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(a) Each vessel greater than 120 feet but less than 150 feet in length must carry one fireman's outfit consisting of—

(1) One pressure-demand, open-circuit, self-contained breathing apparatus, approved by the Mine Safety and Health Administration (MSHA) and by the National Institute for Occupational Safety and Health (NIOSH) and having at a minimum a 30-minute air supply and a full facepiece; but a self-contained compressed-air breathing apparatus previously approved by MSHA and NIOSH under part 160, subpart 160.011, of this chapter may continue in use as required equipment if it was part of the vessel's equipment on November 23, 1992, and as long as it is maintained in good condition to the satisfaction of the Officer in Charge, Marine Inspection;

(2) One lifeline with a belt or a suitable harness;

(3) One approved flame safety lamp;

(4) One flashlight listed by an independent testing laboratory as suitable for use in hazardous locations;

(5) One fire ax;

(6) Boots and gloves of rubber or other electrically nonconducting material;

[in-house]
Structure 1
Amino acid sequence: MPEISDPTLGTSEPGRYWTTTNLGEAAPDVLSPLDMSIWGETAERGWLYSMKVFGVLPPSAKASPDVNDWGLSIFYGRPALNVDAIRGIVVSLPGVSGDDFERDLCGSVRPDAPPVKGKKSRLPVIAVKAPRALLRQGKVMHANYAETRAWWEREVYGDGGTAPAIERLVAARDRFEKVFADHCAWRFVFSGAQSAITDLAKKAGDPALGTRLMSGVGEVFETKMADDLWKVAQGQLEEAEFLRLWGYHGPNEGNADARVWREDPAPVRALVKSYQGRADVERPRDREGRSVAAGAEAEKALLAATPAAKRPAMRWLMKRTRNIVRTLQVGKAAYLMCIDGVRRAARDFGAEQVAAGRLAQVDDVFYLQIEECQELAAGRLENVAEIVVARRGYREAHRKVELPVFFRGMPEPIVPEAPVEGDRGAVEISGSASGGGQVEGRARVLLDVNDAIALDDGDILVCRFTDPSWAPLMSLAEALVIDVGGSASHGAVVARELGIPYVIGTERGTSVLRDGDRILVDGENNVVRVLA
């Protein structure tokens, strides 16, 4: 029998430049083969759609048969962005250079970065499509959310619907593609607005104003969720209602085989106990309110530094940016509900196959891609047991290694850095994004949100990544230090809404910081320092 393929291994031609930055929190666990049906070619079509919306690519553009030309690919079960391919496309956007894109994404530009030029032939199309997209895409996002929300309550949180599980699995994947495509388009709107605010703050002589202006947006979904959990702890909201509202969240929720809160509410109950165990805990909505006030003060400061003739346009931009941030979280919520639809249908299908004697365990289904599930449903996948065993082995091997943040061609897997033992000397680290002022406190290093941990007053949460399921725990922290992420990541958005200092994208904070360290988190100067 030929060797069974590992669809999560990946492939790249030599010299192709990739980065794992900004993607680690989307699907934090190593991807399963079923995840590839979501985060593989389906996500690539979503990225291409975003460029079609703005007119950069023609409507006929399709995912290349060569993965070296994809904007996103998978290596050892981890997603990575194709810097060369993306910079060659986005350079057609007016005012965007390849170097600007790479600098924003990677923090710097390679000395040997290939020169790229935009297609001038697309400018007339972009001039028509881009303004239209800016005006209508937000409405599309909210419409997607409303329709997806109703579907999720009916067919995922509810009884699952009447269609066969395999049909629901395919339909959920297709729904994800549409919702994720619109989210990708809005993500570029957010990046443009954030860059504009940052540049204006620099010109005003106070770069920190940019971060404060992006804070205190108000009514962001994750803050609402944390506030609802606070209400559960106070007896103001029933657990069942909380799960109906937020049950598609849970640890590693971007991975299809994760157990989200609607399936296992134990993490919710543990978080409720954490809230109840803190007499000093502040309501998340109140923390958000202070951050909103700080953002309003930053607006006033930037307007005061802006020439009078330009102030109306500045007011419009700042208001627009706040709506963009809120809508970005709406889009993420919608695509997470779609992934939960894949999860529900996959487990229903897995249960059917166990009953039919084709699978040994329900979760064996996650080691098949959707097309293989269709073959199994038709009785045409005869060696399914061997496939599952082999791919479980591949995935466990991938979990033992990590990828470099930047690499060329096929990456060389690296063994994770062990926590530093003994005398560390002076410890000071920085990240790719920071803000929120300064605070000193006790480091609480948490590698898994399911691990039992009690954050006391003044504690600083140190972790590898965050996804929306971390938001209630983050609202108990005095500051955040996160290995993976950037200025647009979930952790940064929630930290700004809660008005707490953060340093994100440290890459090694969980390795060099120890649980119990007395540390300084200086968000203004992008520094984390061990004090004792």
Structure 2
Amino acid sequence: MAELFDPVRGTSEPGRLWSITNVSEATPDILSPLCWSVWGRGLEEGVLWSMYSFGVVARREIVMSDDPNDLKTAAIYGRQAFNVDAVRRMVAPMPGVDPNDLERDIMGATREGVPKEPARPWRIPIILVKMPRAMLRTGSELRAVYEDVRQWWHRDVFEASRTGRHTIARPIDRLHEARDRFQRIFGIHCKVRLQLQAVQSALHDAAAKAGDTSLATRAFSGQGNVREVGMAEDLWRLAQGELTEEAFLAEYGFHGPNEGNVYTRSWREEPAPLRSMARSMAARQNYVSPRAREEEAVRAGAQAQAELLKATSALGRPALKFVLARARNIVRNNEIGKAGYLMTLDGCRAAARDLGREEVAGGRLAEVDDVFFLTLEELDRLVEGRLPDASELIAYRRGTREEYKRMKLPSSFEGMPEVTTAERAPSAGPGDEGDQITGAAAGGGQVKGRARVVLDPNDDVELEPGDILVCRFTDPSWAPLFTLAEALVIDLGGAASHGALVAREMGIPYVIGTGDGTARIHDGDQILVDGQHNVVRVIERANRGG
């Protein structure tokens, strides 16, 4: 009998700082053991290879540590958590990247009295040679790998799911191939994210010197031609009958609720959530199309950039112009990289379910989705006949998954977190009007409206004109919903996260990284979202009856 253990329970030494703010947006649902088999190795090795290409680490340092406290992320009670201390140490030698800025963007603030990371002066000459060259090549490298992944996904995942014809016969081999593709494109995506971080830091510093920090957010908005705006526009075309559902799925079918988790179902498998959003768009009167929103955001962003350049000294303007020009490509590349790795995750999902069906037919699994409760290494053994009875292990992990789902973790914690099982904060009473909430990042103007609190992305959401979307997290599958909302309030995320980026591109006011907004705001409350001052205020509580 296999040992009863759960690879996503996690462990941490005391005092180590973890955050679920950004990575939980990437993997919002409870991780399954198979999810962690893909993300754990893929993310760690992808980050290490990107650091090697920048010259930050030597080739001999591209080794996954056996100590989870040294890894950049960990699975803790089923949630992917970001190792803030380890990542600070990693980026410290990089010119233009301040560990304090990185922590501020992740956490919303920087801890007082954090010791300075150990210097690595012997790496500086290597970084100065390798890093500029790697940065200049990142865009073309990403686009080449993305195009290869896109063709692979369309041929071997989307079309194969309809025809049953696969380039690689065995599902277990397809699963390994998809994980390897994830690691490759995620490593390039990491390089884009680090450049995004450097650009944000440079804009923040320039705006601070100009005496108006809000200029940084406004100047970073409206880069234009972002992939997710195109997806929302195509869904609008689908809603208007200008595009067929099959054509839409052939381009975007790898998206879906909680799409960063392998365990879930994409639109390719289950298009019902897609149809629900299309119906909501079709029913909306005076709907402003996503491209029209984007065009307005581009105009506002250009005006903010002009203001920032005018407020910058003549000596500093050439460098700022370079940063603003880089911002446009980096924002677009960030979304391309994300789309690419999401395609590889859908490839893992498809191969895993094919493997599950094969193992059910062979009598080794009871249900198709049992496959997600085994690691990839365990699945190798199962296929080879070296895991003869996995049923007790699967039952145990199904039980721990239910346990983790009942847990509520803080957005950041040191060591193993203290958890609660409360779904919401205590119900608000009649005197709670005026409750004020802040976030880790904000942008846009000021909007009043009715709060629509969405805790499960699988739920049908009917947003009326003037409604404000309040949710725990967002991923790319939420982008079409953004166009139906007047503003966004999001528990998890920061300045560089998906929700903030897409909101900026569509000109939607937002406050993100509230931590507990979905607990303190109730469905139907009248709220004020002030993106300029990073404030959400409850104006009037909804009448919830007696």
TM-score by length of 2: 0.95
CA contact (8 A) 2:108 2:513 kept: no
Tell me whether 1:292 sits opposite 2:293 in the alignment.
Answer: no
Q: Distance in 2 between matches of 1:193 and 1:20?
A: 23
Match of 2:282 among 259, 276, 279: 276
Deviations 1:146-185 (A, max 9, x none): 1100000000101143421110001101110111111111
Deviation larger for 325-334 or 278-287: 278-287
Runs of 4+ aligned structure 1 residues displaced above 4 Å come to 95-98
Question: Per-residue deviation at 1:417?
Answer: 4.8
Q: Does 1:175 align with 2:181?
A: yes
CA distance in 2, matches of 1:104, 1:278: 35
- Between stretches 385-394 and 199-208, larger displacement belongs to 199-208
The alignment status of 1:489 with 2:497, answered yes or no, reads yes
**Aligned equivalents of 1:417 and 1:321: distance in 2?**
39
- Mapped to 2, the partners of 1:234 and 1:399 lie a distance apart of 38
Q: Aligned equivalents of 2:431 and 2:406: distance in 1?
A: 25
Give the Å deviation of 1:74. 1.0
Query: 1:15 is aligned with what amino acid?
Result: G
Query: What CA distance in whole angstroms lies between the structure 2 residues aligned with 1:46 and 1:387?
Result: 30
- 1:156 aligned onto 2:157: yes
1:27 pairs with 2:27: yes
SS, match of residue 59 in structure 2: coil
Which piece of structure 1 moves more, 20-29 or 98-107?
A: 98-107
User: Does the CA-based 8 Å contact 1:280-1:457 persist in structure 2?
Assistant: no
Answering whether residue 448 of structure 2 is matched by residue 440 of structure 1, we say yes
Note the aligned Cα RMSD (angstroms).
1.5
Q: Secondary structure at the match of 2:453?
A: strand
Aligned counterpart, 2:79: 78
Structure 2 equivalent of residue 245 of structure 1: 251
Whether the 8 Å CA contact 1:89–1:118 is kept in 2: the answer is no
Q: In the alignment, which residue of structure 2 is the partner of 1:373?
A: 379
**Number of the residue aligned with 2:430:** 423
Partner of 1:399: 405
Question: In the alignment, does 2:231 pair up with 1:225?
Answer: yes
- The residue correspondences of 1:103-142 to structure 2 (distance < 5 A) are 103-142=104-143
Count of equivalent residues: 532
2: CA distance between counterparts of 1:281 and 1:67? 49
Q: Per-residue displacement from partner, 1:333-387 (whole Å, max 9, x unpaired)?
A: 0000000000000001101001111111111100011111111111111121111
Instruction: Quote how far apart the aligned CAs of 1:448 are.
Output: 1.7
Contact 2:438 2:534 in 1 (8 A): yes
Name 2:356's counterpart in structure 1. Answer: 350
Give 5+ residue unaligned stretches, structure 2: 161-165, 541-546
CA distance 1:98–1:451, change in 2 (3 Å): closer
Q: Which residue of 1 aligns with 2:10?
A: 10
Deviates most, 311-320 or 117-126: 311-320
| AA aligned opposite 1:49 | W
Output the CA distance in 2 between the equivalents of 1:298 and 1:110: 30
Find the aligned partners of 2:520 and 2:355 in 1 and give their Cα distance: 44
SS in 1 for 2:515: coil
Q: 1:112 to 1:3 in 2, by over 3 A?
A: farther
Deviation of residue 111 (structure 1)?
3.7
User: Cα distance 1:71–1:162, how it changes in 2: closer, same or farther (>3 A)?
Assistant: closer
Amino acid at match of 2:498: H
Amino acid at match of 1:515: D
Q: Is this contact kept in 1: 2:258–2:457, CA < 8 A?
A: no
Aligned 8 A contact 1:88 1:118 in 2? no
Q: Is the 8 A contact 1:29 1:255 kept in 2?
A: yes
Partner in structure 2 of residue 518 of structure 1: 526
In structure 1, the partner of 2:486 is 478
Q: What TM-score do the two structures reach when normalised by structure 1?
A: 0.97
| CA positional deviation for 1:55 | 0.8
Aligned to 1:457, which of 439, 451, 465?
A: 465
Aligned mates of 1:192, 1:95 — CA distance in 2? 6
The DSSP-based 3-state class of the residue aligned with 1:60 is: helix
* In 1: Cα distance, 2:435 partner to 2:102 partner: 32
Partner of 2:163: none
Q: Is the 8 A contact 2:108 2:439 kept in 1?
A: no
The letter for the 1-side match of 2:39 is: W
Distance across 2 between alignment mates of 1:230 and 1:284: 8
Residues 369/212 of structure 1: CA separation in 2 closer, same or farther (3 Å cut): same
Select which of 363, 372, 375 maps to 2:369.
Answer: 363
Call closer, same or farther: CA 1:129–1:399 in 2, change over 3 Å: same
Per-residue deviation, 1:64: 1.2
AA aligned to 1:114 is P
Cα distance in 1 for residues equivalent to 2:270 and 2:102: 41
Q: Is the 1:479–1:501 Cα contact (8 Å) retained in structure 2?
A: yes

(7) A rigid helmet that provides effective protection against impact; and

(8) Protective clothing.

(b) Each vessel 150 feet or greater must carry two fireman's outfits. The outfits must be stowed in widely separated accessible locations.

(c) Lifelines must be of steel or bronze wire rope. Steel wire rope must be either inherently corrosion resistant or made so by galvanizing or thinning. Each end must be fitted with a hook with keeper having a throat opening which can be readily slipped over a5/8-inch bolt. The total length of the lifeline is dependent upon the size and arrangement of the vessel, and more than one line may be hooked together to achieve the necessary length. No individual length of lifeline may be less than 50 feet in length. The assembled lifeline must have a minimum breaking strength of 1,500 pounds.